Peru’s president survives vote to oust him, says he’ll seek reconciliation in the country
Peruvian President Pedro Pablo Kuczynski maintained public silence Friday, a day after narrowly escaping an attempt by legislators to remove him from office in connection with corruption charges tied to a Brazilian construction company.
After more than 10 hours of debate, lawmakers late Thursday fell short of the two-thirds majority required to remove the president from office.
The president had said on social media after the vote that he would push for “reconciliation and reconstruction of our country.”
Kuczynski had gone before Congress to reject corruption charges related to business dealings with Brazilian construction company Odebrecht, which is accused of bribing officials in several Latin American countries to secure contracts.
Congressman Clayton Galvan said in a television interview Friday that several members of the opposition unexpectedly abstained from voting, apparently at the request of jailed former President Alberto Fujimori. Fujimori was convicted in 2009 on corruption and human rights abuse charges and is serving a 25-year prison term.
Fujimori, father of opposition leader and congresswoman Keiko Fujimori, appealed to legislative allies not to vote because he is hoping for a pardon from Kuczynski, Galvan said, and feared Kuczynski’s removal from office would derail his chances.
Kuczynski stood to lose the presidency because a majority of seats are controlled by Keiko Fujimori, whom Kuczynski defeated in the 2016 presidential race, analysts said. Keiko Fujimori also faces accusations of having taken illegal contributions from Odebrecht.
Kuczynski’s supporters said Keiko Fujimori, twice a losing candidate for president, was engineering the president’s removal from office to distract attention from still undetermined sums her campaign allegedly received from Odebrecht in 2011.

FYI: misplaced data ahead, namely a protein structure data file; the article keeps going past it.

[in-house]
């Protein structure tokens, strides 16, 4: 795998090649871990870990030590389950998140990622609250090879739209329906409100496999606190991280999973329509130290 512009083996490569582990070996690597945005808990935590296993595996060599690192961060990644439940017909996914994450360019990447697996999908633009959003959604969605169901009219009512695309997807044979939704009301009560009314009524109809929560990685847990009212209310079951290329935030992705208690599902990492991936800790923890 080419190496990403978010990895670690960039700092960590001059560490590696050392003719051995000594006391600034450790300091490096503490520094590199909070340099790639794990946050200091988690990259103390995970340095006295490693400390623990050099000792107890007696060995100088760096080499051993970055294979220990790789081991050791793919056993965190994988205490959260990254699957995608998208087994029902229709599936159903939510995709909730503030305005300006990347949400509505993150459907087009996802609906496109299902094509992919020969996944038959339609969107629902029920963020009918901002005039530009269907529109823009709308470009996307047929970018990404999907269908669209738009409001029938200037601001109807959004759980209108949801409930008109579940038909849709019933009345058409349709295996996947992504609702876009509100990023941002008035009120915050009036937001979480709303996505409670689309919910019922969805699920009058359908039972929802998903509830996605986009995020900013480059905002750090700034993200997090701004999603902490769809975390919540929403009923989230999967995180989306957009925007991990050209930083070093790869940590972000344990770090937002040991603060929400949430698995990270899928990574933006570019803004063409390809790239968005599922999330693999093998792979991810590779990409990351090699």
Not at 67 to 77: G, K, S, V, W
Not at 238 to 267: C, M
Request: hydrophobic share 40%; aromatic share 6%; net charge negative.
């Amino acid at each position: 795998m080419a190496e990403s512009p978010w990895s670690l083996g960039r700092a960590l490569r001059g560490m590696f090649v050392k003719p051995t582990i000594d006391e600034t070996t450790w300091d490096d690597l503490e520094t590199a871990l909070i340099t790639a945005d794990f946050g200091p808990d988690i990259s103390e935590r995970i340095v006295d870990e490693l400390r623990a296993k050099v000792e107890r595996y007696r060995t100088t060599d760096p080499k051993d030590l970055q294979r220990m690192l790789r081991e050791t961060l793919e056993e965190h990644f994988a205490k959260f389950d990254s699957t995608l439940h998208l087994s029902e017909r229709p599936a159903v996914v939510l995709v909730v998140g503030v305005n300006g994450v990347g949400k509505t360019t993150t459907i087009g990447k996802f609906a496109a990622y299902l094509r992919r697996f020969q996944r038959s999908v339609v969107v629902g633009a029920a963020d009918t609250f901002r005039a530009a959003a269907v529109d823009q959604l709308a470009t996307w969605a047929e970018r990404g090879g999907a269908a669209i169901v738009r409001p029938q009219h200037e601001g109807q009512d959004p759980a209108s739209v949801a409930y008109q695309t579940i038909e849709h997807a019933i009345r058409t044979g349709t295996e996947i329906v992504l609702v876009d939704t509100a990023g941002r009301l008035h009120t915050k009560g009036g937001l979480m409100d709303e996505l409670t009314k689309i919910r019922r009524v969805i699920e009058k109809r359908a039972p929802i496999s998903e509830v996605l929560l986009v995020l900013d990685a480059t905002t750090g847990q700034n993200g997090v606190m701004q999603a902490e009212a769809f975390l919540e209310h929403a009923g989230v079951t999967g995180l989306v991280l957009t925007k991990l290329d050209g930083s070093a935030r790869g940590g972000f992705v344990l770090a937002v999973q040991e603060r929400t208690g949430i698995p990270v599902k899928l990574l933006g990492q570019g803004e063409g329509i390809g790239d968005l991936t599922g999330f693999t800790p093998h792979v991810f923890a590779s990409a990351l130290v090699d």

Legislators voted after a marathon debate on the corruption charges leveled against the president that relate to $787,000 in cash payments made by Odebrecht to one of his businesses.
Legislators accused Kuczynski this month of “moral incapacity,” forcing the congressional vote this week. The charges were related to money his firm Westfield Capital received from Odebrecht while he was Cabinet minister under former President Alejandro Toledo.
Peru’s political landscape has been torn apart by the Odebrecht scandal, known by its nickname “Car Wash.” In addition to Kuczynski, three former presidents — Toledo, Ollanta Humala and Alan Garcia — have been tainted by the scandal.
Humala is in protective custody awaiting trial on corruption charges related to $3 million in alleged bribes, while Toledo is fighting extradition from the United States in connection with $10 million in illegal funds he is alleged to have accepted. Local news reports say that Garcia also is alleged to have accepted illegal Odebrecht cash.
Kuczynski maintained that he knew nothing about the Odebrecht payments to Westfield Capital at the time they were made and that Odebrecht received no preferential treatment. In a two-hour appearance before Congress on Thursday, he said he had specifically instructed his partner Gerardo Sepulveda to tell him nothing about the company’s operations while he held the government post.
Nevertheless, the scandals have caused an uproar as evidenced by mass demonstrations last Saturday in Lima and a dozen other Peruvian cities by protesters demanding an end to corruption.
One of Kuczynski’s two vice presidents, Mercedes Araoz, said Friday the president would work to regain Peruvians’ confidence and would not engage in retribution.
Special correspondents Leon and Kraul reported from Lima,Peru, and Bogota, Colombia, respectively.
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